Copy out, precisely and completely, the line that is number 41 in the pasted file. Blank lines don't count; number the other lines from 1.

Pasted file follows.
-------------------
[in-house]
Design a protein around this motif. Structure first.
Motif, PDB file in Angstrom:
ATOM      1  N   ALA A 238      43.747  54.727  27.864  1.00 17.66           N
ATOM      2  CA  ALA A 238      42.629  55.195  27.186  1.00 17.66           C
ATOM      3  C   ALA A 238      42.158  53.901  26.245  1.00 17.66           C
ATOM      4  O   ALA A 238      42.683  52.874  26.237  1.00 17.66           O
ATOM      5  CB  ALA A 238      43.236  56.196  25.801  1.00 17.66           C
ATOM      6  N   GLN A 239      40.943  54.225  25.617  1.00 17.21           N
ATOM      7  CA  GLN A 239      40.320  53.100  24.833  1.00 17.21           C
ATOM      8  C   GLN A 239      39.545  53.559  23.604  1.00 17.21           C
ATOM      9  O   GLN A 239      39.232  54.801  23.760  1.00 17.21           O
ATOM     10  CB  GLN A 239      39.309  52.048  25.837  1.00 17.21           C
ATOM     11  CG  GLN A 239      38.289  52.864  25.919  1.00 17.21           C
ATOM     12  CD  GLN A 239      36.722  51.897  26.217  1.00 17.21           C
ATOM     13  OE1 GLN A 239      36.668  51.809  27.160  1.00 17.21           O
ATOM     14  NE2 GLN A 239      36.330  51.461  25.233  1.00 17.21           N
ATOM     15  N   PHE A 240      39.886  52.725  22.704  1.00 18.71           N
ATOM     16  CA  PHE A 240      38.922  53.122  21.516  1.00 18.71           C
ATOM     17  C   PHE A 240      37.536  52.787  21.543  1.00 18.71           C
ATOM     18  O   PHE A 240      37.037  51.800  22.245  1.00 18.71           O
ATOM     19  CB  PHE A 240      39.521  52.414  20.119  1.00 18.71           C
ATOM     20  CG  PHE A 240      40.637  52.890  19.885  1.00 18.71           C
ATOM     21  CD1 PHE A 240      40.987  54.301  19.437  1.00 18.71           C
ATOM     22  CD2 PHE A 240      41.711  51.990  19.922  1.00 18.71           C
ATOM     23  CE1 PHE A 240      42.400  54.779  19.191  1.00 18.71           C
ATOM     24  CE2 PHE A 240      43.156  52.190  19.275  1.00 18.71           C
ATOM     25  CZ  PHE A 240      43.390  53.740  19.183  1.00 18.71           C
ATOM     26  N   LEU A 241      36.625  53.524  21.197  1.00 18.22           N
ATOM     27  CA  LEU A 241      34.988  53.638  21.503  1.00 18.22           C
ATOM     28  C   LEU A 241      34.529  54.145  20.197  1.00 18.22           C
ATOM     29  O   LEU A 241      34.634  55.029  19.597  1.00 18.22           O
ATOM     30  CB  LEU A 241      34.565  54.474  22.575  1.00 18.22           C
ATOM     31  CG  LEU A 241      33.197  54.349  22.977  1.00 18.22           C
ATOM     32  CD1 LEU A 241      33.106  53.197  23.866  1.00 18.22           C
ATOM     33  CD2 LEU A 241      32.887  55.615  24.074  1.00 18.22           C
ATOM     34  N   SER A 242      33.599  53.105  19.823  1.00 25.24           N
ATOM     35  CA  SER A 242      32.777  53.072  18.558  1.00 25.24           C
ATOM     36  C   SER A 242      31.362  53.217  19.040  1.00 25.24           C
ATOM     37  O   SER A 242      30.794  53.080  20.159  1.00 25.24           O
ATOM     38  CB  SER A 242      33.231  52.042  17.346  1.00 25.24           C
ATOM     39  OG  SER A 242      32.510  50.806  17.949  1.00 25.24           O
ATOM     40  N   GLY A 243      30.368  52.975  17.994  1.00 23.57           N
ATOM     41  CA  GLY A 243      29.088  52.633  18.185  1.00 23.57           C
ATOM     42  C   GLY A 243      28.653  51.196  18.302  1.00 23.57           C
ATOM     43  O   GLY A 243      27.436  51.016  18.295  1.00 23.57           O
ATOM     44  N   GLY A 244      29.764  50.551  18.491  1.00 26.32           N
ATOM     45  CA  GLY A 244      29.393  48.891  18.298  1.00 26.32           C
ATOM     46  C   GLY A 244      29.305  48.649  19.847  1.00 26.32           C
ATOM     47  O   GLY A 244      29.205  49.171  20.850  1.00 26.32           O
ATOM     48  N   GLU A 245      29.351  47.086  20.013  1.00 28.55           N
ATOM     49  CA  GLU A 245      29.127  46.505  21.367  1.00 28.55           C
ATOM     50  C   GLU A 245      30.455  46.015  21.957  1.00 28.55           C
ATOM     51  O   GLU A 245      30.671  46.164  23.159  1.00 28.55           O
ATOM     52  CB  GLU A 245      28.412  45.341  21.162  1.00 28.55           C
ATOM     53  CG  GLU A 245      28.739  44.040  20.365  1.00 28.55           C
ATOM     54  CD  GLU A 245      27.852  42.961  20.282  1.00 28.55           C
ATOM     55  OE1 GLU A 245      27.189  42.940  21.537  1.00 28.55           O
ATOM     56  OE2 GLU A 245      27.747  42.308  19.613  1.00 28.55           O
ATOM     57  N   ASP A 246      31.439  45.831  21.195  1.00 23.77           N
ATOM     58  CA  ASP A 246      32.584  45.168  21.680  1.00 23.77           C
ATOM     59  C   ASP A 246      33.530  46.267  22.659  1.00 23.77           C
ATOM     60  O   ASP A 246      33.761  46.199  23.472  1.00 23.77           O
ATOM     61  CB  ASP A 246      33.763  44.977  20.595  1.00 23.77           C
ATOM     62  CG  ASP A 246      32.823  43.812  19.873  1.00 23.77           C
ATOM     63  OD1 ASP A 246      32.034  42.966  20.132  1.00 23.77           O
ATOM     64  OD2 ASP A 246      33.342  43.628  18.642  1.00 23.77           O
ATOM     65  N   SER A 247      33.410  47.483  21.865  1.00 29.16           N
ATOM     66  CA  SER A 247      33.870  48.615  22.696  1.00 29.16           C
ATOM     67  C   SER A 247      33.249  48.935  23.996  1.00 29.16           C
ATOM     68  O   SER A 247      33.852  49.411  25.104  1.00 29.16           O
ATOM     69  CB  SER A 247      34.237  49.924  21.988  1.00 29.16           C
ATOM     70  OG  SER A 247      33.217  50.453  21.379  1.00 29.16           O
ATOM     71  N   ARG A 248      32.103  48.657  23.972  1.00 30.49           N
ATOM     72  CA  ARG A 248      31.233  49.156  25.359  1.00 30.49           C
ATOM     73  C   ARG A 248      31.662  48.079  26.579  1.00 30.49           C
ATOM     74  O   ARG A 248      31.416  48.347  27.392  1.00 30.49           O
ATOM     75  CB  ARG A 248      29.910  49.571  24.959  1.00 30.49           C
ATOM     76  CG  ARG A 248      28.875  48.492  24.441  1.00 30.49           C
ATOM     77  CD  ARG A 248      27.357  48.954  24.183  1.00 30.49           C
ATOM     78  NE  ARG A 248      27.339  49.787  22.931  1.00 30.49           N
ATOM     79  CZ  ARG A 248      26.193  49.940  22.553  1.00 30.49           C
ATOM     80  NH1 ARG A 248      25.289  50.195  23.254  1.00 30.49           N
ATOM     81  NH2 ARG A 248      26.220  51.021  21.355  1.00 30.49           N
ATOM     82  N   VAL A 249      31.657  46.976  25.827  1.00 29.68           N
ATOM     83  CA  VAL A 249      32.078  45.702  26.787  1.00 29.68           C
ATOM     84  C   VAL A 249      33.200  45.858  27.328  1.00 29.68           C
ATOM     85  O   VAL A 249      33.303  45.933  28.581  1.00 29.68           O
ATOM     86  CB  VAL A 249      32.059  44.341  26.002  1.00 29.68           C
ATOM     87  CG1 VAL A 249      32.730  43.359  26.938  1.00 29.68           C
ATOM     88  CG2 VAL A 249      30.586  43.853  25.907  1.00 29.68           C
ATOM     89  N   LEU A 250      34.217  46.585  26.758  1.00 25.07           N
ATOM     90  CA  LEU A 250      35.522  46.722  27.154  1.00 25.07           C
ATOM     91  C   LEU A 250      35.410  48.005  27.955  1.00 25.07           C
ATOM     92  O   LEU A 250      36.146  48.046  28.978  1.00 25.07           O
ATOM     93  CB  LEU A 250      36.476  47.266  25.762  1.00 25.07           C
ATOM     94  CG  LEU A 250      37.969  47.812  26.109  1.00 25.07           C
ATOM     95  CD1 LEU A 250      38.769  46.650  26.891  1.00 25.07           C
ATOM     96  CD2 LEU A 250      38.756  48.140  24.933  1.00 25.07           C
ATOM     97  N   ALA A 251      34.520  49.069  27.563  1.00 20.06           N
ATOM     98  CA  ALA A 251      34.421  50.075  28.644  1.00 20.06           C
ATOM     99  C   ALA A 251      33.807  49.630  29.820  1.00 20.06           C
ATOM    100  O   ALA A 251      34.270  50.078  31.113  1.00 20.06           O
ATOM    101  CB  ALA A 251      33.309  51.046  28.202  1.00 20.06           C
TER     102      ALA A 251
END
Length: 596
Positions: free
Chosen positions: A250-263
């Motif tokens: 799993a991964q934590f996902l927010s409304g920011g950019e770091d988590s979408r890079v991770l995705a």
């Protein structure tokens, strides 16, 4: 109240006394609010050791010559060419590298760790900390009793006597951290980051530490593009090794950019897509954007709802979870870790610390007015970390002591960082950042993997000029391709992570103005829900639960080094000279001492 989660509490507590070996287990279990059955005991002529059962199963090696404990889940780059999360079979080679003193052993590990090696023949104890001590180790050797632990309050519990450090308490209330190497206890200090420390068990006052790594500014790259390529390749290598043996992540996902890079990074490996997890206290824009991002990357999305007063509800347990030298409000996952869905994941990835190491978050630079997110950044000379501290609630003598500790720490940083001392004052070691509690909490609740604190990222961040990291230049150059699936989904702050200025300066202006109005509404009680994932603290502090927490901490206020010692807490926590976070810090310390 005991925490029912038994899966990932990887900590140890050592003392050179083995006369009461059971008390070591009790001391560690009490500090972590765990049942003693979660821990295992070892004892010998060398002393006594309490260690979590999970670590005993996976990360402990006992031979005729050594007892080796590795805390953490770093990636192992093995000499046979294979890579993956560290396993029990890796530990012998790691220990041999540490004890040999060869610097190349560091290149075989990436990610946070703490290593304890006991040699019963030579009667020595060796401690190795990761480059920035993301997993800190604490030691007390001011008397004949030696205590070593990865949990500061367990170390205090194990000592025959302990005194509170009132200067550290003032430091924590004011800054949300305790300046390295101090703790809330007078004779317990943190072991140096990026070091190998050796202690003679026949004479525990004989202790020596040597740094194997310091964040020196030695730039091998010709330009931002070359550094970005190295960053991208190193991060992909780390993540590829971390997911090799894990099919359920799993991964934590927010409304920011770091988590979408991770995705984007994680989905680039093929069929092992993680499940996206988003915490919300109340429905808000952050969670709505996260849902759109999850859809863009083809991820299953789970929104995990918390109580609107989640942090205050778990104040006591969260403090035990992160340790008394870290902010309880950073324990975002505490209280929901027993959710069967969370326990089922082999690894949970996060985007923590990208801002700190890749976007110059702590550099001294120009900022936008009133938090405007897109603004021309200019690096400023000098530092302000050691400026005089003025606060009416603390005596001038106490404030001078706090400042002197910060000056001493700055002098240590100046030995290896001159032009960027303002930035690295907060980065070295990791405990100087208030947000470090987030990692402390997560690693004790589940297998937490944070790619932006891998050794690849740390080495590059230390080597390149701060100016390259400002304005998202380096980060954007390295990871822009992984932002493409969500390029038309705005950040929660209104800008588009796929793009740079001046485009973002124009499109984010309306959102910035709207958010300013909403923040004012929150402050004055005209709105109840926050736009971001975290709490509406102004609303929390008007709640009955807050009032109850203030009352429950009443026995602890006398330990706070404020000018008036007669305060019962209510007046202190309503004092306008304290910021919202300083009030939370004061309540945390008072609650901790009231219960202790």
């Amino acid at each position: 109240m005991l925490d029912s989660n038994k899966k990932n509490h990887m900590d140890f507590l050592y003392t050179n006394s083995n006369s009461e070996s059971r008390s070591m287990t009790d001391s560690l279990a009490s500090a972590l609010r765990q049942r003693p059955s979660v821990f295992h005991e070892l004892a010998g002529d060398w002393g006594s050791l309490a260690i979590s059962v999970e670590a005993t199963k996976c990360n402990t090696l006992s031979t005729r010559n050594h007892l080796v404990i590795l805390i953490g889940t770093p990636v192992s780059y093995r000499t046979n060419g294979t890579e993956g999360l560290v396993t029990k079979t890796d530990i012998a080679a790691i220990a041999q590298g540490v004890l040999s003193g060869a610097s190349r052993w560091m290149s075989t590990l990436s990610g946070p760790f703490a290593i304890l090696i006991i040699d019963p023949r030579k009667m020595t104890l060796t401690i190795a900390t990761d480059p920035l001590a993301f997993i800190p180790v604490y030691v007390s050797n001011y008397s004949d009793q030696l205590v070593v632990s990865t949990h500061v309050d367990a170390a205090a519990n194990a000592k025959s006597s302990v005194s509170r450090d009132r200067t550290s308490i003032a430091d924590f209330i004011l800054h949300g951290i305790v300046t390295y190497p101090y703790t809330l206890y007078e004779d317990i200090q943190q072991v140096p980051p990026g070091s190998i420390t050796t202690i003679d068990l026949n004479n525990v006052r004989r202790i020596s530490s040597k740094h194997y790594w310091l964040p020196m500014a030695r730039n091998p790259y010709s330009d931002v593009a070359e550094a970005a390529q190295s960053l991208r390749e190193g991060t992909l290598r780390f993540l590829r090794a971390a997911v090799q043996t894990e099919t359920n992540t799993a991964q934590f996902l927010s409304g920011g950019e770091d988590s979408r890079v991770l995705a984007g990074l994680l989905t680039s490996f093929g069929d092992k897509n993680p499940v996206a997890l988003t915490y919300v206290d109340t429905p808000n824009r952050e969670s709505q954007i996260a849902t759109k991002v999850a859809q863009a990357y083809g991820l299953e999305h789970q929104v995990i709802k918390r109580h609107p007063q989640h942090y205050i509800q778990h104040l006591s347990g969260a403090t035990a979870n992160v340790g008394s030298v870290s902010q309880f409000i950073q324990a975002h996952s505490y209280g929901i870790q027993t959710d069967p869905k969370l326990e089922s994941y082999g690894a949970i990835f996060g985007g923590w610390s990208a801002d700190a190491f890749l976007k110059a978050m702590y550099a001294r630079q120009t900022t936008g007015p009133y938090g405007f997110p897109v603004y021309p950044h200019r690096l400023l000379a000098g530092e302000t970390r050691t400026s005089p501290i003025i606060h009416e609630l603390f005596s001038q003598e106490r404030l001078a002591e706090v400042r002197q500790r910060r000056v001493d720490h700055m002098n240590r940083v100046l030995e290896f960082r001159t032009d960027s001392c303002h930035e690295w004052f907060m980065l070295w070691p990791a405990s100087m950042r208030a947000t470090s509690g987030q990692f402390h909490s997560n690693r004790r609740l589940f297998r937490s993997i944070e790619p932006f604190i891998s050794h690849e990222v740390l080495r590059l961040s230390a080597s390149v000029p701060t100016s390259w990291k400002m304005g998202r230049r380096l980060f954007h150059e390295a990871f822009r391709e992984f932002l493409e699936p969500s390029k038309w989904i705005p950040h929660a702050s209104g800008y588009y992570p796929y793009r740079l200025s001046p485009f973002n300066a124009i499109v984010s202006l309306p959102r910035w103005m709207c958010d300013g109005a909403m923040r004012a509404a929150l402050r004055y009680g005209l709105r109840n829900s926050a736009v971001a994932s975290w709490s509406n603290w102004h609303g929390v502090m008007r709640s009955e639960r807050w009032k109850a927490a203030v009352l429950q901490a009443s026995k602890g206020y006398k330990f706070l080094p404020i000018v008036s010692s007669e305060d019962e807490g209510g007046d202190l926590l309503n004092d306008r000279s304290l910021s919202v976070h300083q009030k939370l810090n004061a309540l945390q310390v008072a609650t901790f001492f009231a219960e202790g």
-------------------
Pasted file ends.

ATOM     38  CB  SER A 242      33.231  52.042  17.346  1.00 25.24           C